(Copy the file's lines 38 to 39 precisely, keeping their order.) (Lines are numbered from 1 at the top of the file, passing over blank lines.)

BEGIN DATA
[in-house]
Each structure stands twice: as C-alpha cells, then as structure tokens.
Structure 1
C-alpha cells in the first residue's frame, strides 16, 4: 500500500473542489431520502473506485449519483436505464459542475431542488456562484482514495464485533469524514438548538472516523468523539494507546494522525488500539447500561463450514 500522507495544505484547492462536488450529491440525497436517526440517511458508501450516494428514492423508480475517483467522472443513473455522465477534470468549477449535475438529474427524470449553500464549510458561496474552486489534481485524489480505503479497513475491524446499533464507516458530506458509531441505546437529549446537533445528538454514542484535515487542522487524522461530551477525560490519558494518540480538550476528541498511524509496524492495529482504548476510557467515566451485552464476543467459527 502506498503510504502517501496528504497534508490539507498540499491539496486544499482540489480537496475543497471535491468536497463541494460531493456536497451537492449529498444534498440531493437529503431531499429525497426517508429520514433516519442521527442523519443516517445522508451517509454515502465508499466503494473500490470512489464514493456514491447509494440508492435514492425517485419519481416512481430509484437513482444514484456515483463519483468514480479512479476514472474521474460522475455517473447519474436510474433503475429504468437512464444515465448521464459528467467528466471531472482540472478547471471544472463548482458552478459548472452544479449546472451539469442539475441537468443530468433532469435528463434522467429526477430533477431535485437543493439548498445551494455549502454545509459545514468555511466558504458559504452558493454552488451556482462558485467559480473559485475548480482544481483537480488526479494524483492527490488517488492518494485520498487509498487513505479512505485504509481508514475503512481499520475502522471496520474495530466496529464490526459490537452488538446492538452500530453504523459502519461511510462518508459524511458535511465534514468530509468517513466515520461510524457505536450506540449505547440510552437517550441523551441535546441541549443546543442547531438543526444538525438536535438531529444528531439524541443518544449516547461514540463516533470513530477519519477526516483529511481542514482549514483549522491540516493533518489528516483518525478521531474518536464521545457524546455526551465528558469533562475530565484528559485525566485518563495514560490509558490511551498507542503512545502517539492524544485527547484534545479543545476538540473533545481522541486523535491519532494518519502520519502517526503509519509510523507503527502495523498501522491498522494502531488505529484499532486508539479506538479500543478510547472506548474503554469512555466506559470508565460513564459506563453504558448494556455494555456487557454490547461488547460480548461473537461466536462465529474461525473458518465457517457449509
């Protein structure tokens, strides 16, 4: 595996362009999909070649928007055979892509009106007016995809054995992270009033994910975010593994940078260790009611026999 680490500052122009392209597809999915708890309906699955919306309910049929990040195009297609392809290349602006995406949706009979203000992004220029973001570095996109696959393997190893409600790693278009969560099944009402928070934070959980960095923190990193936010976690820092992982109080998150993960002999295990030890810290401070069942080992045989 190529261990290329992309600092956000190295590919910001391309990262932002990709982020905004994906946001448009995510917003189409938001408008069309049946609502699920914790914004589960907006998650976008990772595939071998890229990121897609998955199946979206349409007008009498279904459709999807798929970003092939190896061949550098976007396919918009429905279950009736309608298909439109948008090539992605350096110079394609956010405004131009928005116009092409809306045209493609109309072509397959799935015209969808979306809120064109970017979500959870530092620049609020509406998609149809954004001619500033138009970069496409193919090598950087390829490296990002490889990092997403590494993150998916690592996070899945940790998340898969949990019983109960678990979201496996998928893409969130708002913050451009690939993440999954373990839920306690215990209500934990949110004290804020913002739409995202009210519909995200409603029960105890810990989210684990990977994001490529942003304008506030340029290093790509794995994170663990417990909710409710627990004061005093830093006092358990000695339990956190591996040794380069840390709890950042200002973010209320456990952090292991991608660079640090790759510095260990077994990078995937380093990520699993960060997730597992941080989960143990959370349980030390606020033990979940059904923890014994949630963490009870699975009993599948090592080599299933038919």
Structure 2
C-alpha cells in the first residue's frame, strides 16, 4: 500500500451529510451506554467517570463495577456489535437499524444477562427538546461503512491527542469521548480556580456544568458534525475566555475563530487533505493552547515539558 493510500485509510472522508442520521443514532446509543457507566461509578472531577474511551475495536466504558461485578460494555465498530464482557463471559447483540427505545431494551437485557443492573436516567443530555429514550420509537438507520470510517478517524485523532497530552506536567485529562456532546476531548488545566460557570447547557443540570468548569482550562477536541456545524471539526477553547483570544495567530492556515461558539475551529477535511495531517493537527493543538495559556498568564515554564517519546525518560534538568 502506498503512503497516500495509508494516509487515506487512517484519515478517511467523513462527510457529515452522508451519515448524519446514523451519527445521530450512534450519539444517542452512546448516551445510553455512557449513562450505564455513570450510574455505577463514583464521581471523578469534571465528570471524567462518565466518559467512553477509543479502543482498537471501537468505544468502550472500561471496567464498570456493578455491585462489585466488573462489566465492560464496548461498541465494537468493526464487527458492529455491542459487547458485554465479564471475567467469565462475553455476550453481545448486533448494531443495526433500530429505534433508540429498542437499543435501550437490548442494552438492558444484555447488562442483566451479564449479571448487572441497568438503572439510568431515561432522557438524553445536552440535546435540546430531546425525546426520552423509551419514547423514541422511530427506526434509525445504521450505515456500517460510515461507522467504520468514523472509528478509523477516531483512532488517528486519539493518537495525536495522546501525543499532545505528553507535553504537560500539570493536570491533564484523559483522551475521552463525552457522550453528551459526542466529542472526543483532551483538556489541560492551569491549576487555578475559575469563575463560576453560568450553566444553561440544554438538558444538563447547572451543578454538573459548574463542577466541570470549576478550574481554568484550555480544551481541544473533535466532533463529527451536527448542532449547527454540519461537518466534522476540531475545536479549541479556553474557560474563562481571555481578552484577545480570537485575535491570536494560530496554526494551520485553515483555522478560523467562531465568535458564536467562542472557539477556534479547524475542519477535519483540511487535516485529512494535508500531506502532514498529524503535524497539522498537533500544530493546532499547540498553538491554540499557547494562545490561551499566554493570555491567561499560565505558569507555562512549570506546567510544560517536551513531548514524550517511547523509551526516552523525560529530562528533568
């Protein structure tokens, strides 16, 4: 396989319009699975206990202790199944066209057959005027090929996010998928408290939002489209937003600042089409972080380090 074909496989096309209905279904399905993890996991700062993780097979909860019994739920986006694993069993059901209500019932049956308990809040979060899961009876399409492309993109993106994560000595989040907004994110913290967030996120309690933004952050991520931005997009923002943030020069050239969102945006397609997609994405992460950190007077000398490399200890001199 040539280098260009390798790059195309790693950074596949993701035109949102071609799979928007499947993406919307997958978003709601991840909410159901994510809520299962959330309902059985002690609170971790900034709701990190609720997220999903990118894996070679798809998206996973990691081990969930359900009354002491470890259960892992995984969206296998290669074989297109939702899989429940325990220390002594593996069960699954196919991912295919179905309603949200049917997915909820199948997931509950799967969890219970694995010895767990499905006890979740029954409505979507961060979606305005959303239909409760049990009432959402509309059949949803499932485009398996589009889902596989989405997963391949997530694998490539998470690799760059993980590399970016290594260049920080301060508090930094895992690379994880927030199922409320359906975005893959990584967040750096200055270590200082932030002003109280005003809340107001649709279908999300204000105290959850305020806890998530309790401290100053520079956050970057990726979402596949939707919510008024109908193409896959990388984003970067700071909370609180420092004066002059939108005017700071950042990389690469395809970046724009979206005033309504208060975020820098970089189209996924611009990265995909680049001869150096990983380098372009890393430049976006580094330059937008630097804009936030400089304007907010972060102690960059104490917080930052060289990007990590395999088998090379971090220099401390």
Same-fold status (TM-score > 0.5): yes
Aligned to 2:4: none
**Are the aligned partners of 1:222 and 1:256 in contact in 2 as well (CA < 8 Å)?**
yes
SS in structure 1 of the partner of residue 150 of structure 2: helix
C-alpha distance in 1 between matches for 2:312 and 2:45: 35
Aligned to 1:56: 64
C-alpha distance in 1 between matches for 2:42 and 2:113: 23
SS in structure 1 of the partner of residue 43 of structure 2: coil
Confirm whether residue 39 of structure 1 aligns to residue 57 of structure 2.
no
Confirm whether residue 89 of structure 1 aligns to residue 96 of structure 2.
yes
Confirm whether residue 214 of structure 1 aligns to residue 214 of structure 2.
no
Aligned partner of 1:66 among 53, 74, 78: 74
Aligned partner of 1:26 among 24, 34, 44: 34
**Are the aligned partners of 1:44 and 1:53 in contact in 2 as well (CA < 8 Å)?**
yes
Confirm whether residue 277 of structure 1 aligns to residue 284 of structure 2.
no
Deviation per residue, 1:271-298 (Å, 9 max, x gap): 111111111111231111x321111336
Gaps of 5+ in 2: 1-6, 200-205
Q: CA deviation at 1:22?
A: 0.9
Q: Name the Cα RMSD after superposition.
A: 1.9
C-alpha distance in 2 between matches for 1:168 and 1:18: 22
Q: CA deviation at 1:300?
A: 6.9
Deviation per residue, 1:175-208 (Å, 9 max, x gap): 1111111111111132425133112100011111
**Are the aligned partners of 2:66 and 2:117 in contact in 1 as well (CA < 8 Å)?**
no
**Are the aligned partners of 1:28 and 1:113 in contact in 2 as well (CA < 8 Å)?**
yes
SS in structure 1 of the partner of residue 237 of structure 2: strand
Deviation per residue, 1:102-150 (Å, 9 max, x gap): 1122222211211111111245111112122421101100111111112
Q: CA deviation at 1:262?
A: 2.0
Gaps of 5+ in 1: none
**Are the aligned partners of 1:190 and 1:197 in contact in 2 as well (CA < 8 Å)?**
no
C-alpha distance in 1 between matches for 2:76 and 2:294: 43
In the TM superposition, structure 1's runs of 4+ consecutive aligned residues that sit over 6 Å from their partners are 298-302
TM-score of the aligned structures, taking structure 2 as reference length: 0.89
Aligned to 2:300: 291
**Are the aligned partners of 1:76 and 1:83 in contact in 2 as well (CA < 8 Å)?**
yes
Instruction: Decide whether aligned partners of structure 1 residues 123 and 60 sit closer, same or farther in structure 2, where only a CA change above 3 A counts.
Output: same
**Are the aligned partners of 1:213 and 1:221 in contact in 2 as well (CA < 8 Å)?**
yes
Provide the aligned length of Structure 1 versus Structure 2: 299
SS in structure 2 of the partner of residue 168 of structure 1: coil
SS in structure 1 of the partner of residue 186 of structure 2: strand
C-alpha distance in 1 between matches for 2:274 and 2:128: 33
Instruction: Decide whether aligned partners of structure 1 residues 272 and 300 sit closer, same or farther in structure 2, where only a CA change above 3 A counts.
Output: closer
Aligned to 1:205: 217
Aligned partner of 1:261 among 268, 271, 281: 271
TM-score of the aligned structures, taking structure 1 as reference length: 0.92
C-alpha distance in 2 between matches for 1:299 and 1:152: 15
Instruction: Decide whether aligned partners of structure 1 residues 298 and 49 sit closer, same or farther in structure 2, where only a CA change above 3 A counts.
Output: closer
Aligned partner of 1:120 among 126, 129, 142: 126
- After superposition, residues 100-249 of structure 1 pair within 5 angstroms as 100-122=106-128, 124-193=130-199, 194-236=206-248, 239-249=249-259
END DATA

A: 6.9
Deviation per residue, 1:175-208 (Å, 9 max, x gap): 1111111111111132425133112100011111